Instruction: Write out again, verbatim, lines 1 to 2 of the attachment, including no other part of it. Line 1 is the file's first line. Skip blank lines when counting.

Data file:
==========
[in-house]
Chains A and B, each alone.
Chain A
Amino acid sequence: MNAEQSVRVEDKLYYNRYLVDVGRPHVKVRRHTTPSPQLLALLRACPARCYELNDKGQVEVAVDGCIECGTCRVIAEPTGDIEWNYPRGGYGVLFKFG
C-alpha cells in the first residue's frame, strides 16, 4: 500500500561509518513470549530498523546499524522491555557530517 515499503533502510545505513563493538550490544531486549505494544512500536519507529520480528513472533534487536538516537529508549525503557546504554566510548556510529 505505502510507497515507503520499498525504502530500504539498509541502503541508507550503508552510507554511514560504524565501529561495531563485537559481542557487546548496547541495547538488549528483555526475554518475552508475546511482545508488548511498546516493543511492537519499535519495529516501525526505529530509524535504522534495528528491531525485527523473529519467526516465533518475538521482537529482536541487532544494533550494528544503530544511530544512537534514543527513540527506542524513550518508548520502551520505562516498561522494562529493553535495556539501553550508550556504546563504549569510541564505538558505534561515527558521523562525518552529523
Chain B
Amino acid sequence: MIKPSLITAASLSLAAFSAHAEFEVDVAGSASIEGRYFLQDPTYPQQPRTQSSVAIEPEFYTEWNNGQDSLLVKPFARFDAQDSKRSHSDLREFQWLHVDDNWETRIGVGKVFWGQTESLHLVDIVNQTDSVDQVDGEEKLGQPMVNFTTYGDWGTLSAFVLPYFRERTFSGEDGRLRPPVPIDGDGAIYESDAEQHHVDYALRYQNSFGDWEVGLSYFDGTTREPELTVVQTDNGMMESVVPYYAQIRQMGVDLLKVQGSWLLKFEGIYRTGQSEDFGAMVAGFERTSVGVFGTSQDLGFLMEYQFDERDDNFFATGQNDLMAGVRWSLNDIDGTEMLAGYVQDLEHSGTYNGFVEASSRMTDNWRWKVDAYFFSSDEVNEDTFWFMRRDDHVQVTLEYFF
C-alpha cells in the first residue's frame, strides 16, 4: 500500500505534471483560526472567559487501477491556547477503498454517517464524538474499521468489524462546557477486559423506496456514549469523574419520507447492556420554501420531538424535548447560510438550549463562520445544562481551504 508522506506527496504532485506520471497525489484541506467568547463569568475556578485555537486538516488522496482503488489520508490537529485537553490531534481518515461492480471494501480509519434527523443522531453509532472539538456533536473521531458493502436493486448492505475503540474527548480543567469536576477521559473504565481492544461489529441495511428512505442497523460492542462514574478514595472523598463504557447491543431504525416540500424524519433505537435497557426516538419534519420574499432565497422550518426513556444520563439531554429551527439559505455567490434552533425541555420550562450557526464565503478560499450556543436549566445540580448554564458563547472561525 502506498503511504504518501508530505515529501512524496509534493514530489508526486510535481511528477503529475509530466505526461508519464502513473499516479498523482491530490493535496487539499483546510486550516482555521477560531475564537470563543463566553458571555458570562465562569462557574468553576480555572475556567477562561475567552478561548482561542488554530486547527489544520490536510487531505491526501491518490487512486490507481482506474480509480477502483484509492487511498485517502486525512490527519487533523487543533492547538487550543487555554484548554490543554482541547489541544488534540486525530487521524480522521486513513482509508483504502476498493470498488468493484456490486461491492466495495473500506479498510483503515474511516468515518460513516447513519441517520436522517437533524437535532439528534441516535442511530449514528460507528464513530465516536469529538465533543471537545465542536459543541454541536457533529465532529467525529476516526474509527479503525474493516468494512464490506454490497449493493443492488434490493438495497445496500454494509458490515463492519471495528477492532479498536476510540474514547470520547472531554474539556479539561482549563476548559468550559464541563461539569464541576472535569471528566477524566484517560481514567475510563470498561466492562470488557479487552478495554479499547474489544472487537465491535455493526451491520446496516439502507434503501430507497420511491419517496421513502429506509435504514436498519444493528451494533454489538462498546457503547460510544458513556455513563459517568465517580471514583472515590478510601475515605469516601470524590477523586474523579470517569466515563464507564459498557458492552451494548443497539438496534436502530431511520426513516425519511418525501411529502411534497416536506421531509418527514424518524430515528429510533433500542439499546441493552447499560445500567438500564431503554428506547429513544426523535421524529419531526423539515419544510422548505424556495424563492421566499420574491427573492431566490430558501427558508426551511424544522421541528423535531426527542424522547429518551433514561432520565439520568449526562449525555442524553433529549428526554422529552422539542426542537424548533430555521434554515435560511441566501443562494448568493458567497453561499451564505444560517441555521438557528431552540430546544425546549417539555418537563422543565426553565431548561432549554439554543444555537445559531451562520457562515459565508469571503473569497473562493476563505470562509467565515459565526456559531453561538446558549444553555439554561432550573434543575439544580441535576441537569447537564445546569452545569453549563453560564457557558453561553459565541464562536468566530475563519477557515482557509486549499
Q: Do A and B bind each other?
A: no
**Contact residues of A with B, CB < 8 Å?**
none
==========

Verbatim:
[in-house]
Chains A and B, each alone.